Jamie Riddell is the Co-Founder and CEO of Digital Tomorrow Today where he works to identify the coming digital changes and translates them Jamie Riddell is the Co-Founder and CEO of Digital Tomorrow Today where he works to identify the coming digital changes and translates them into actionable strategies for today's market.
Every day I publish content. Whether it is a tweet, a photo on Flickr or a post like this, it is all content. So how do I keep a backup of it? In one sense, I don’t need to. Google and the other search engines will do a good job of indexing it forever but I still want my own copy.
So, I looked around at how I can back up my lifestream. I share with you three different options you may wish to use to backup your varied social lifestream.
At the core of all the social networks is an RSS feed. Your Twitter account should have an RSS feed at the bottom of the page, or on the sidebar to the right [here is the feed for TNW Apps]. There should also be another one for your replies and for favourites so you can choose which ones you wish to back up. Similarly, there are RSS feeds for your blog, your Flickr page, even your Last FM account (here’s mine for example). These RSS feeds are the key to the most basic backups you can do.
1. RSS to Email
There are a number of sites that offer RSS to email capability, Personally, I use www.feedmyinbox.com for ease of use. Sign up for an account (most basic accounts should be free), then take the relevant RSS feed and add it as a subscription. You will then get a copy of your content living in your inbox. At the very least you now have a duplicate of all your content.
One thing you will need to think about is the number of feeds you use. Feed my Inbox will give you 5 feeds for free with the option to add more for a small monthly fee, others may vary so have a look around. There may be a smart way you can group the feeds together to save you money but this may require a bit more effort.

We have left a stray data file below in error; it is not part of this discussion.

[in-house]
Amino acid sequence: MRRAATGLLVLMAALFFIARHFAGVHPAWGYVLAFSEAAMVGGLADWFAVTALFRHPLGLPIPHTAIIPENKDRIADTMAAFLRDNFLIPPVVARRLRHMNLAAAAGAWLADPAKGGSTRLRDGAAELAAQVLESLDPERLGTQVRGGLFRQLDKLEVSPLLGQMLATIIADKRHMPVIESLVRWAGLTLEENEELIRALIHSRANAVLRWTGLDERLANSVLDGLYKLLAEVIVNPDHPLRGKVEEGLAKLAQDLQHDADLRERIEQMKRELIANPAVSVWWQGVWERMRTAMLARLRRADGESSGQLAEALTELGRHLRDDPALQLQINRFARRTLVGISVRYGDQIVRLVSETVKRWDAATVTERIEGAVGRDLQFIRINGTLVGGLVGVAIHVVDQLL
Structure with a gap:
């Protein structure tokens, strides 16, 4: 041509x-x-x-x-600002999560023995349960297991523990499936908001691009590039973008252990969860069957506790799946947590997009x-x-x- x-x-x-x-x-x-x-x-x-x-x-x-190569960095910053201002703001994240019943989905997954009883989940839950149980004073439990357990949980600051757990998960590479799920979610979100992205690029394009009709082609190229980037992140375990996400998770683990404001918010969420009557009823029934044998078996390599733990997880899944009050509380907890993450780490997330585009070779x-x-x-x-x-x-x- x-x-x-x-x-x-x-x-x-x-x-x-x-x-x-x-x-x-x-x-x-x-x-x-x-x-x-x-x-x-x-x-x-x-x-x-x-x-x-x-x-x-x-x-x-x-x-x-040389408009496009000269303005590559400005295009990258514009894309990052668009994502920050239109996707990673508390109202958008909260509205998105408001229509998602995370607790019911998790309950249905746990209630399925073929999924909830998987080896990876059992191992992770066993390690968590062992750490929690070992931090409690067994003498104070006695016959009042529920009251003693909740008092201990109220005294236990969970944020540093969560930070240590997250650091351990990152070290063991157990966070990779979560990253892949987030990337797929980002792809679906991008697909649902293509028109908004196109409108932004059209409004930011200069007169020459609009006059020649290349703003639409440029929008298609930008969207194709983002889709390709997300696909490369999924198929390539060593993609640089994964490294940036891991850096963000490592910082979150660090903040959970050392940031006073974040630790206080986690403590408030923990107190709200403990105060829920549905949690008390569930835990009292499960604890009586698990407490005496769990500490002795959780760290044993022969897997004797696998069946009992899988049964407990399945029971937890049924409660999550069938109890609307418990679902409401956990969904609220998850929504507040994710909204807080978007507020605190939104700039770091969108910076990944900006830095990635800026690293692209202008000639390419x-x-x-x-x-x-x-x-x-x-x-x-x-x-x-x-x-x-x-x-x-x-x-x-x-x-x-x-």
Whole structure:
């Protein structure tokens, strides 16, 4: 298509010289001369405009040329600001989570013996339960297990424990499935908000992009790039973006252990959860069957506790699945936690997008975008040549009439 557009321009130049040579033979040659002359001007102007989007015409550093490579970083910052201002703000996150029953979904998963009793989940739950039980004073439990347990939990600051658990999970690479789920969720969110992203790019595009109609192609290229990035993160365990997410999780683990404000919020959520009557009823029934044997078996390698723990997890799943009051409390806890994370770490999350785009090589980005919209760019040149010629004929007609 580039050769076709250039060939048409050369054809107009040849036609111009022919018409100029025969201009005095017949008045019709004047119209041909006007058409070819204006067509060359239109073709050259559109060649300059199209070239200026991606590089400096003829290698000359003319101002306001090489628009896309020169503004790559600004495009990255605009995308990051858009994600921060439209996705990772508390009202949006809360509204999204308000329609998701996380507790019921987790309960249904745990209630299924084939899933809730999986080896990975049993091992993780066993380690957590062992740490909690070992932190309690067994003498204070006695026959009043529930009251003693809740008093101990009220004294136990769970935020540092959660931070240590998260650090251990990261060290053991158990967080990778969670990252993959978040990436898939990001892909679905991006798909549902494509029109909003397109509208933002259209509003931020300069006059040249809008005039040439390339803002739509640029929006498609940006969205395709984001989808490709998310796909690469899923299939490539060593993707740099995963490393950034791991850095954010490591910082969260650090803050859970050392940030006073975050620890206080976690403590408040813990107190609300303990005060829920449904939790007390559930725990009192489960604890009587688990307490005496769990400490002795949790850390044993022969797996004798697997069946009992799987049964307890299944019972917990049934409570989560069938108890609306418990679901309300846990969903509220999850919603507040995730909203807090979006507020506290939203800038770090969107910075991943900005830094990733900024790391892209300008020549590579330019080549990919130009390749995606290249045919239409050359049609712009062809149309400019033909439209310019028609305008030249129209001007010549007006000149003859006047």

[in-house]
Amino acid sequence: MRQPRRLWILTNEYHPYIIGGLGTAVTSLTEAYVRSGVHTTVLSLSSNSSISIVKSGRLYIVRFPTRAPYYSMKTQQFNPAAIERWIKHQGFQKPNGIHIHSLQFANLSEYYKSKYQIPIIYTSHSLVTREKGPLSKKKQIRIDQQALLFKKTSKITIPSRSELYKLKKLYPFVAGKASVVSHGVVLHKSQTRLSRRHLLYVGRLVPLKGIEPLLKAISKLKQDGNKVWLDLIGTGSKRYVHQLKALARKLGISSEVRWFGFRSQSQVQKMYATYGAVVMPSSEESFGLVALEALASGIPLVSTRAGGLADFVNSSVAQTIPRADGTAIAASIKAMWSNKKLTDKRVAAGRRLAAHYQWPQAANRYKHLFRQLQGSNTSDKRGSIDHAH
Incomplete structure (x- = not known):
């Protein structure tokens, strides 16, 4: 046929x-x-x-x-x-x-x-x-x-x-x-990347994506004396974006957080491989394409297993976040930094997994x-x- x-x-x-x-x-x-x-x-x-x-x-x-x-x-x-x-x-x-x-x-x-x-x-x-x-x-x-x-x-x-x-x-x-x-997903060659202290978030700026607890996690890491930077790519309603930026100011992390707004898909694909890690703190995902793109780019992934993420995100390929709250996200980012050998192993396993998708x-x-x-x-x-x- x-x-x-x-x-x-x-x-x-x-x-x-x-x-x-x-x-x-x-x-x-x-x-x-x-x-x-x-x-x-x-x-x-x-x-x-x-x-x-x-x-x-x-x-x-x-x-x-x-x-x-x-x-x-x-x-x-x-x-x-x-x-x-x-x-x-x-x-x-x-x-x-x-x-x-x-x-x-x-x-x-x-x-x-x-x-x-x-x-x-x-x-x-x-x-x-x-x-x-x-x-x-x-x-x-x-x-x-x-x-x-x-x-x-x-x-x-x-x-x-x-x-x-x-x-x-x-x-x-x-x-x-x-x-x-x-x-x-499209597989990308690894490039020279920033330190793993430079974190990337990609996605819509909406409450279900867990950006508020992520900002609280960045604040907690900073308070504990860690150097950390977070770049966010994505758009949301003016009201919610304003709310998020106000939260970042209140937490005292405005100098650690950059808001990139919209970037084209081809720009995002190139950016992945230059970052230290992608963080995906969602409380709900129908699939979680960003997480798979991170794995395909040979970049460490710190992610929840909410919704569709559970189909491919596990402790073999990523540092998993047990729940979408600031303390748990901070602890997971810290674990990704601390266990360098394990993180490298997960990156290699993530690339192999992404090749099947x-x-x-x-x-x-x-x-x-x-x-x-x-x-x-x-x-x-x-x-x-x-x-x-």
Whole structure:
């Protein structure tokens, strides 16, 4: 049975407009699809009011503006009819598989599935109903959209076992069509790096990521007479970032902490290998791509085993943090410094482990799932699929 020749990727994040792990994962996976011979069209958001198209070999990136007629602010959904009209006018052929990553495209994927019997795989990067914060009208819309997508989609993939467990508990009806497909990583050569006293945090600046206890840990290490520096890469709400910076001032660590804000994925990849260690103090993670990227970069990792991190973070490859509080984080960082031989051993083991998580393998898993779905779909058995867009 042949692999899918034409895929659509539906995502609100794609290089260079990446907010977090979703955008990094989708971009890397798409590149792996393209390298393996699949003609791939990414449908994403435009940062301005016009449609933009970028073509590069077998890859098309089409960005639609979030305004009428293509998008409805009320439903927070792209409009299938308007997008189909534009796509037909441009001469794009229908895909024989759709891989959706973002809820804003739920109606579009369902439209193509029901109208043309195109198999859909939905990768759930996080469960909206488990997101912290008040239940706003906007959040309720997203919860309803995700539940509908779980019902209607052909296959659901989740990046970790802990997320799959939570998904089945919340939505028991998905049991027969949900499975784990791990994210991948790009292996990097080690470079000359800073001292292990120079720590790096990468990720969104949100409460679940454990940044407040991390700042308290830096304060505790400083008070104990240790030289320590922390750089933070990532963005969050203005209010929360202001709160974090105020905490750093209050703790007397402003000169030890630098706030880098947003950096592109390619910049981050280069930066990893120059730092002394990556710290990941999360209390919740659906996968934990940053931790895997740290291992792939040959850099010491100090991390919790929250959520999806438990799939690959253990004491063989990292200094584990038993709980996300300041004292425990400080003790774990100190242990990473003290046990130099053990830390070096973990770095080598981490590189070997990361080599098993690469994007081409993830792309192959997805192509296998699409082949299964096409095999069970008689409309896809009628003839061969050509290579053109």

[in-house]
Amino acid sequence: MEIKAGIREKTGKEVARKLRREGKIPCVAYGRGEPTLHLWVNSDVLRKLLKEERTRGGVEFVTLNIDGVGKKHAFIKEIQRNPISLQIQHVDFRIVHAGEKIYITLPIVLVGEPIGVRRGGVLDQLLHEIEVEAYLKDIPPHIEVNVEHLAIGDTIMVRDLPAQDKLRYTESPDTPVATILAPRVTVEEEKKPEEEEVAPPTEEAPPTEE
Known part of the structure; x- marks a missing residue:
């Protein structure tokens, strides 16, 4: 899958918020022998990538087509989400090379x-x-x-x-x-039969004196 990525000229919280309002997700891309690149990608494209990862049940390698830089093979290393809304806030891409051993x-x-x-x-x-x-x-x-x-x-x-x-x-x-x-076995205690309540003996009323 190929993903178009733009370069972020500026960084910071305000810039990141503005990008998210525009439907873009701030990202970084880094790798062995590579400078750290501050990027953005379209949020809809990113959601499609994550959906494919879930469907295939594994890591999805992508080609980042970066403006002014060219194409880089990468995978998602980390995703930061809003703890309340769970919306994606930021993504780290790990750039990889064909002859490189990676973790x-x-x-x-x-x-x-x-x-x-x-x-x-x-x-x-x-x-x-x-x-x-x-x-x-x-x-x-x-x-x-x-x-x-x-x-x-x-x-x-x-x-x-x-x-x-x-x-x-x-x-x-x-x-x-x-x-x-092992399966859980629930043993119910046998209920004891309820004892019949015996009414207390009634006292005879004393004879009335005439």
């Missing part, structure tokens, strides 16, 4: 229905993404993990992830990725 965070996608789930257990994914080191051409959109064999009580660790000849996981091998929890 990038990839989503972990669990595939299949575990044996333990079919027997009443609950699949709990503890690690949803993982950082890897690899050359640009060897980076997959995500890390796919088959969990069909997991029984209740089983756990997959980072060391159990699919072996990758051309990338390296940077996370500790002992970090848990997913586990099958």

2. RSS to Email to Evernote
Evernote has been growing its social media backup services for some time. A solution to try is taking the RSS to email function and then sending it onto Evernote. If you have an Evernote account you should have a unique email address that you can send things to. I use a Gmail filter to send any of my feeds directly to Evernote. I am sure the same principle should apply with other email services if you have a root around.
There is also a direct to Evernote Tweet function which allows you to send individual tweets directly to your account. This is great for backing up individual tweets but not for the whole stream.
Cliqnote have partnered with Evernote to offer a wider backup solution by harnessing multiple streams. This sounds like a great idea but I have to sign up for a Cliqnote account and then add in all my services (Twitter, Facebook etc.) from which I can then connect with Evernote and backup the content I choose. I have nothing against Cliqnote but having done the same thing with Plaxo and Friendfeed, I don’t want to do it again. The selection of individual content, again does not help me with my total backup requirements and is also a manual process.
3. Backupify – App.
Backupify is awesome, and one we have reviewed before. In short this solution takes the headache out of all the backups by allowing you to set up the content you want to backup, scheduling the frequency and notifications and then letting it get on with the job. As the service is backing up to Amazon AWS storage, I can be confident that it is in a safe place. The inclusion of a dedicated WordPress plug in means I can back up my full blog (or blogs) database, not just the page content. With more services coming soon (Xmarks, YouTube, Tumblr) this looks like it will grow as I do, and keep up with the ever-changing social scene.
After much playing, I am now using Backupify. But I am sure these aren’t the only options available. Some of you will be using Yahoo Pipes and feeding Google Docs or something even more advanced. Would you like to share how you do it? We’d love to hear in the comments.
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